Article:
After The Gold Rush

Rob Fitzpatrick got off the Rush bus at the end of their 1970s gilded era of progular grandiosity. So what happens to a band who keep going when there's no particular reason to stop?

By Rob Fitzpatrick, Word, April 2009, transcribed by pwrwindows

RUSH Retrospective Ill (1989-2008) ATLANTIC

As I might possibly have mentioned before, my early teenage years were largely devoted to Rush. I haven't got the same sort of desire for concept albums about dystopian future worlds where the discovery of a guitar upsets the unnatural order of things that I used to have, but I reserve a special place in my heart for long-haired Canadians playing double-neck guitars while sporting expensively embroidered silk kimonos. There will always be a part of me that thinks, "That is what a rock and roll group should look like." Confident. Ridiculous. So ridiculously confident they could walk into a bar dressed like hormonally challenged cast members of Madame Butterfly and just sort of get away with it. If you don't believe in yourself enough to go all the way, then really, why bother? Of course, then there's the musicianship, a concept so utterly unfashionable you're barely allowed to think it, but, Jesus, those bastards could really play. I wanted to be in a pop group because of Rush, I wanted to buy records and go to gigs and buy magazines and grow my hair because of Rush. I thought - still think - that's there's nothing wrong with writing songs called "By-Tor And The Snow Dog" or "The Fountain Of Lamneth", because pop music is meant to be fun, right? It's meant to make your heart lighter and your head freer; we're not meant to take it seriously, are we? Having said that, the last (the only) Rush album I went to the shop and bought on the day it came out was the synth-led Grace Under Pressure by which time kimonos and doublenecks were out and synths and lyrics about acid rain were in.

That was 25 years ago and this compilation doesn't begin until four years after that, not in the middle of some "wilderness years" - Rush are still a huge act - but the years that came some time after the amazing years. Although it's admirable to have a catalogue so vast that the best-ofs can run to three volumes, that doesn't mean that Volume III is actually any good. This is not to say it's a cash-in - there's nothing here for the casual listener; this volume is for the hardcore, the lifers. But the Rush I fell for is a different beast to the one on display here.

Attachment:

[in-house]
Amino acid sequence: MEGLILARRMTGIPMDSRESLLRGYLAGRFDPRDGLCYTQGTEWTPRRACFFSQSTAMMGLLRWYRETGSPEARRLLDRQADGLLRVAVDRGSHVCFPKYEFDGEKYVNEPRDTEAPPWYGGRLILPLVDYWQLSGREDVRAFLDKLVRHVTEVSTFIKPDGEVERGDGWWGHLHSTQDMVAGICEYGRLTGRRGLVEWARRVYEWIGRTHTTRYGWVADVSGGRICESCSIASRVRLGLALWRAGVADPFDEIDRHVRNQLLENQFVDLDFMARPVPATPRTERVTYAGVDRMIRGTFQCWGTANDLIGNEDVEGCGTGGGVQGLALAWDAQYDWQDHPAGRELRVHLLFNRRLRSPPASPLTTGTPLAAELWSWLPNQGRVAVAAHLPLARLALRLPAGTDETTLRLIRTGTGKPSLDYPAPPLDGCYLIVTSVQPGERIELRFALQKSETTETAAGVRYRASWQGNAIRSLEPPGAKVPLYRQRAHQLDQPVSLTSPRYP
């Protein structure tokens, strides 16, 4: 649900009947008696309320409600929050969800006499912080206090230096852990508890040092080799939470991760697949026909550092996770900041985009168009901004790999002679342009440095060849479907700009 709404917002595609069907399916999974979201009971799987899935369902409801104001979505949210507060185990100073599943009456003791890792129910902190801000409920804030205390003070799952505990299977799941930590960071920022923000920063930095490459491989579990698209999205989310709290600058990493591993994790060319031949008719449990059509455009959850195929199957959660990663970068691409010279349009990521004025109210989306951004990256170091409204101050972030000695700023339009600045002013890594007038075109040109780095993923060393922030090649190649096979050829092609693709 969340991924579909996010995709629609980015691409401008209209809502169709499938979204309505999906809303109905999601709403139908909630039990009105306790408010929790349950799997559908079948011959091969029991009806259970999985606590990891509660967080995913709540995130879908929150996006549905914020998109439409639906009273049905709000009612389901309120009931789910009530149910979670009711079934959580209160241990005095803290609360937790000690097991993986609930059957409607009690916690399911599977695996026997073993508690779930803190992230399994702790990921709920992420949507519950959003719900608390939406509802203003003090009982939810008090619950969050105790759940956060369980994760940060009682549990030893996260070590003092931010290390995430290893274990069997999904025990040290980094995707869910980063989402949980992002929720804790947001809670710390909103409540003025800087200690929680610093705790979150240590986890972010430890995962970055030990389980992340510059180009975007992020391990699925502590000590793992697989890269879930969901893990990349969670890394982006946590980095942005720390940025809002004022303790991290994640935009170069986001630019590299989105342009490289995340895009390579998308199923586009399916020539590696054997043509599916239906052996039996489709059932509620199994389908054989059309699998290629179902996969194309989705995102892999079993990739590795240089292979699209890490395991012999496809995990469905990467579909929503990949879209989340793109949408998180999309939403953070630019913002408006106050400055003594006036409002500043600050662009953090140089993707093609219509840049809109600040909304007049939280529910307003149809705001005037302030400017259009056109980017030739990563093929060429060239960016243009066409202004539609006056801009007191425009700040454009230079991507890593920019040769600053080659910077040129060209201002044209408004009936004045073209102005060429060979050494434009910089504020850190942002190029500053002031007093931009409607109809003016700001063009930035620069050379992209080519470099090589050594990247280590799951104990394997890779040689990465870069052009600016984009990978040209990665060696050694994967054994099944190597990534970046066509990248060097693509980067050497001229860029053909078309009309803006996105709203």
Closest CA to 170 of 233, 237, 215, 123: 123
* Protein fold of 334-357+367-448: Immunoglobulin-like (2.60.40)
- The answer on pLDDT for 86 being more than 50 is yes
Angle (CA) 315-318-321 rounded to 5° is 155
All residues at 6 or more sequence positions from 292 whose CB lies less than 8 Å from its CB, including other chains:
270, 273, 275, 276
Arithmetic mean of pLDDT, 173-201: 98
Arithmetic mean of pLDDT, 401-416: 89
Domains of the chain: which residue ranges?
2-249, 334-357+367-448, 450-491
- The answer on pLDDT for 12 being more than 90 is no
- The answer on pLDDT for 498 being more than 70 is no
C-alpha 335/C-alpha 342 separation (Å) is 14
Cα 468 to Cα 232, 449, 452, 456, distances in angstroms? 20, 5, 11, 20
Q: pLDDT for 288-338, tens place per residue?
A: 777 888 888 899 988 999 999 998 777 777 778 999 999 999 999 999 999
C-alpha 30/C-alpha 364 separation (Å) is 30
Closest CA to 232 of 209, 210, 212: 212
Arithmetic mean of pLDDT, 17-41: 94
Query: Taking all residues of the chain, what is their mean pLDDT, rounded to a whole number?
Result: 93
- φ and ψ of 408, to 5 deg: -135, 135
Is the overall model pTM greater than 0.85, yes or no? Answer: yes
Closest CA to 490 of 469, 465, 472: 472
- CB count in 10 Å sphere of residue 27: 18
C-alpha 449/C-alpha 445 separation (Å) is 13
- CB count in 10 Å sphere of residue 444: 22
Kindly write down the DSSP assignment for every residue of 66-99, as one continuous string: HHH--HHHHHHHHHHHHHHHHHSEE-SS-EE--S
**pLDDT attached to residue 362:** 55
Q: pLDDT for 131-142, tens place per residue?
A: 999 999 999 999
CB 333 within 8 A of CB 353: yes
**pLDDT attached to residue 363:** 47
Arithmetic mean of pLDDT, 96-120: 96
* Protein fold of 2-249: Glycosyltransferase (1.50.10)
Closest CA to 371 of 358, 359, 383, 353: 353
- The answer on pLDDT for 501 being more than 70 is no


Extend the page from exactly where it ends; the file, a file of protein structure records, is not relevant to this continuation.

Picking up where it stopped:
The longest track only just scrapes over six minutes - 1975's "By-Tor" had barely got through its 'At The Tobes Of Hades' section in that time - and this is not the place to start your relationship with the band. While their '70s and early '80s albums are often fanciful, filigreed affairs, the simple teen thrills celebrated in something like 1975's "Lakeside Park" or the glacially spare funk rock of 1981's "Red Barchetta" sound far less dated than the stadium-lite traumatics of 2004's Bravado or, from the same year, the pass-me-the-sequencer sledgehammer-isms of "Roll The Bones". 2006's "Driven" makes as many plays on its title as possible ("Driven in, driven out, driven to the edge, it's my turn to drive"), the guitars churn and thunder and it picks up the pace for a Police-like, double-time chorus, but it's never exactly loveable and neither is 1993's "Leave That Thing A Lone", a song oddly reminiscent of Captain Sensible's "Wot", despite it being almost inconceivable that the band would ever even have heard it.

A track like "Dreamline" outlines a few of the inherent problems of the later Rush - namely lyrics like, "They travel in the time of the prophets/On a desert highway straight to the heart of the sun", which were perfectly acceptable as late as 1978, but by 1991, as the world was taking in Nevermind and Blue Lines, sounded ridiculous, and not in a good way. 1993's "Nobody's Hero" tackles the Aids-related death of a friend of the band and the murder of a girl from the drummer's hometown, but it suffers from a cloying Big Music sheen that drowns the sentiment in reverb and overbearing strings.

But what could the band do? They had cut their hair and embraced technology a full decade earlier, the painful bit was already done; now what they had to try and work out, what all bands have to work out, is what they're for, what the point of their continued existence is. For Rush, it seems, the journey is the point. They are now, 35 years after they formed, bigger than they've ever been, playing to enormous audiences - of often very young fans - all over the world. There isn't a single track among the 14 songs collected here that I particularly like (though I'm partial to 1989's "The Pass"), there is nothing that I wouldn't happily swap for "Different Strings" or "Tom Sawyer" or even "Cygnus X-1", but the fact they're still doing it, still enjoying the fight, makes me very happy indeed.